Green politics have taken the place of failed socialism and Western Christianity and impose fear, guilt, penance and indulgences on to a society with little scientific literacy. We are now reaping the rewards of politicising science and dumbing down the education system. If book sales, public meetings, book launches, email and phone messages are any indication, there is a large body of disenfranchised folk out there who feel helpless. I have shown that the emperor has no clothes. This is why the attacks are so vitriolic.

Ian Plimer is emeritus professor of earth sciences at the University of Melbourne. His book Heaven and Earth is published by Connor Court.

ADDITIONAL NOTES. I'm going to add a few links that are useful in this area:

A paper that summarises key data:

Fielding-Wong debate

Review of Plimer's work in The Spectator8 July 2009.

A summary of 9 peer reviewed papers disproving anthropogenic global warming (AGW)

Australian Govt. issues paper (by Allen Consulting Group)

Scientists opposing AGW arguments.

A speech by Aynsley Kellow

Need to read: Climate of Extremes: Global
Warming Science They Don't Want You to Know by Patrick Michaels

Interview with Pat Michaels

Addendum, 25 October 2009. The book is a best seller!

Addendum Seeing through hoax of the century, by Janet Albrechtsen. The Australian.

Addendum 7 November 2009: Science is in on climate change sea-level rise: 1.7mm, The Australian. [evidence that sea levels have been rising VERY SLOWLY near South Australia]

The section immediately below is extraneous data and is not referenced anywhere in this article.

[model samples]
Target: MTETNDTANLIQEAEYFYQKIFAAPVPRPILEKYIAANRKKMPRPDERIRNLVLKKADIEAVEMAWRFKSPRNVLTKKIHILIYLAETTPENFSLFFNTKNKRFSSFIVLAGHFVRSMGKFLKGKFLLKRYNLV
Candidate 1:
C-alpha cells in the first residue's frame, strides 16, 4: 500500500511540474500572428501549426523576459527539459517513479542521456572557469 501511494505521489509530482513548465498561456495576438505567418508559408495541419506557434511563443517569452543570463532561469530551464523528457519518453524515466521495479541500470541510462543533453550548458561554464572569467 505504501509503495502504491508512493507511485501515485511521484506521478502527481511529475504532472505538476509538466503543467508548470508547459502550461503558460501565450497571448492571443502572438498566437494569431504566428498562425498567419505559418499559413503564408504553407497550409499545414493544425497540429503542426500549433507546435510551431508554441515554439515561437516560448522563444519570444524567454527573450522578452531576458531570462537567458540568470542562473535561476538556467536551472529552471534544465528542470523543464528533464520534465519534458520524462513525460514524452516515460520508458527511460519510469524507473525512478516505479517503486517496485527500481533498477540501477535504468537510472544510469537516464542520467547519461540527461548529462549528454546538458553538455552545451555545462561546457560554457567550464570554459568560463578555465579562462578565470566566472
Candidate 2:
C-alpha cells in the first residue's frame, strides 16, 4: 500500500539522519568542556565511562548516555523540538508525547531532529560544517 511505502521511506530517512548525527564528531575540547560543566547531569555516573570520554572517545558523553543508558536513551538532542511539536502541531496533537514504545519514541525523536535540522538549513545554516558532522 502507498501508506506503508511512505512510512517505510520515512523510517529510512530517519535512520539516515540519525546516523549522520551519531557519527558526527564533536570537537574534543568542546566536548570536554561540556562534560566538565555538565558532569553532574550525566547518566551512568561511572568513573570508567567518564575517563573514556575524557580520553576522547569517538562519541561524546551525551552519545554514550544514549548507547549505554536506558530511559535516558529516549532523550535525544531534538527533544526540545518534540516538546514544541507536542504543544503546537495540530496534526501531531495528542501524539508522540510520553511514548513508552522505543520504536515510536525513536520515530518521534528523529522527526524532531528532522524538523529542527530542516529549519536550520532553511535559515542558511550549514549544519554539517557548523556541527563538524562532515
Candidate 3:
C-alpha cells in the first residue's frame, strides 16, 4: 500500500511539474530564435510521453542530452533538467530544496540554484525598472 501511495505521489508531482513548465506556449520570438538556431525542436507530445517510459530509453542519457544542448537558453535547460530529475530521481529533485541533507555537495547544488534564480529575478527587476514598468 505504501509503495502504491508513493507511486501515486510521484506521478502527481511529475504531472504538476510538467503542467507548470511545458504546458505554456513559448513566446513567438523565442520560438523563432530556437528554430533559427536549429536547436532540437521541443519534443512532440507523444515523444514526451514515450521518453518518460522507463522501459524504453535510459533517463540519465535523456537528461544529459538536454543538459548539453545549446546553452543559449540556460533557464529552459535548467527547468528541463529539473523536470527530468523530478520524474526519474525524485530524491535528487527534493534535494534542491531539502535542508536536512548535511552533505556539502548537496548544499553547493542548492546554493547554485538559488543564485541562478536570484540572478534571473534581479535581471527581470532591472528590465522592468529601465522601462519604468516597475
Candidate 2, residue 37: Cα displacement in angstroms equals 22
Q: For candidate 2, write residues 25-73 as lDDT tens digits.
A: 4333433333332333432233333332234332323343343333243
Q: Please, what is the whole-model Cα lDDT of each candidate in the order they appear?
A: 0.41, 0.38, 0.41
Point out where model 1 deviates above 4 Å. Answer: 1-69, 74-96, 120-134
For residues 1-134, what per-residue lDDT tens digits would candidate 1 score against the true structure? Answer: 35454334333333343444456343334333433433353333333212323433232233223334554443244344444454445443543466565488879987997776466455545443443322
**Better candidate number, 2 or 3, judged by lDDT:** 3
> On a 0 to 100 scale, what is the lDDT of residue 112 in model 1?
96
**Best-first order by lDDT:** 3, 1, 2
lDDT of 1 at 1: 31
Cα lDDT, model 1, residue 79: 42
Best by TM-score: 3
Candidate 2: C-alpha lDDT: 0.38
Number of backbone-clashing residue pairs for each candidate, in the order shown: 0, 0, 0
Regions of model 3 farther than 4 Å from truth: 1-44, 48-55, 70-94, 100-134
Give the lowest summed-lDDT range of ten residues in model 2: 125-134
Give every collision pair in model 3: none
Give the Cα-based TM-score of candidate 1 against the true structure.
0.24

Addendum 7 November 2009. Freaking Out over Global Warming. Mises Daily.

Addendum 9 December 2009: Climate claims fail science test by Michael Asten. The Australian.

Addendum 8 January 2009. Mr Rudd, your misguided warming policies are killing millions. Full open letter at here (PDF).

Here's something hilarious: Kenneth Davidson in his 8 February 2010 article in The Age (here) said, "Britain's Met Office says the world is on a path towards a potential increase in global temperatures of 4 degrees as early as 2060. If this occurs, only about half a billion people out of about 9 billion will survive, according to Professor Kevin Anderson, director of the Tyndall Centre for Climate change and adviser to the British government". I explored this further and came across this article. I'm amused beyond belief at such atrocious 'science'.

Addendum 12 Feb 2010: Came across this useful summary.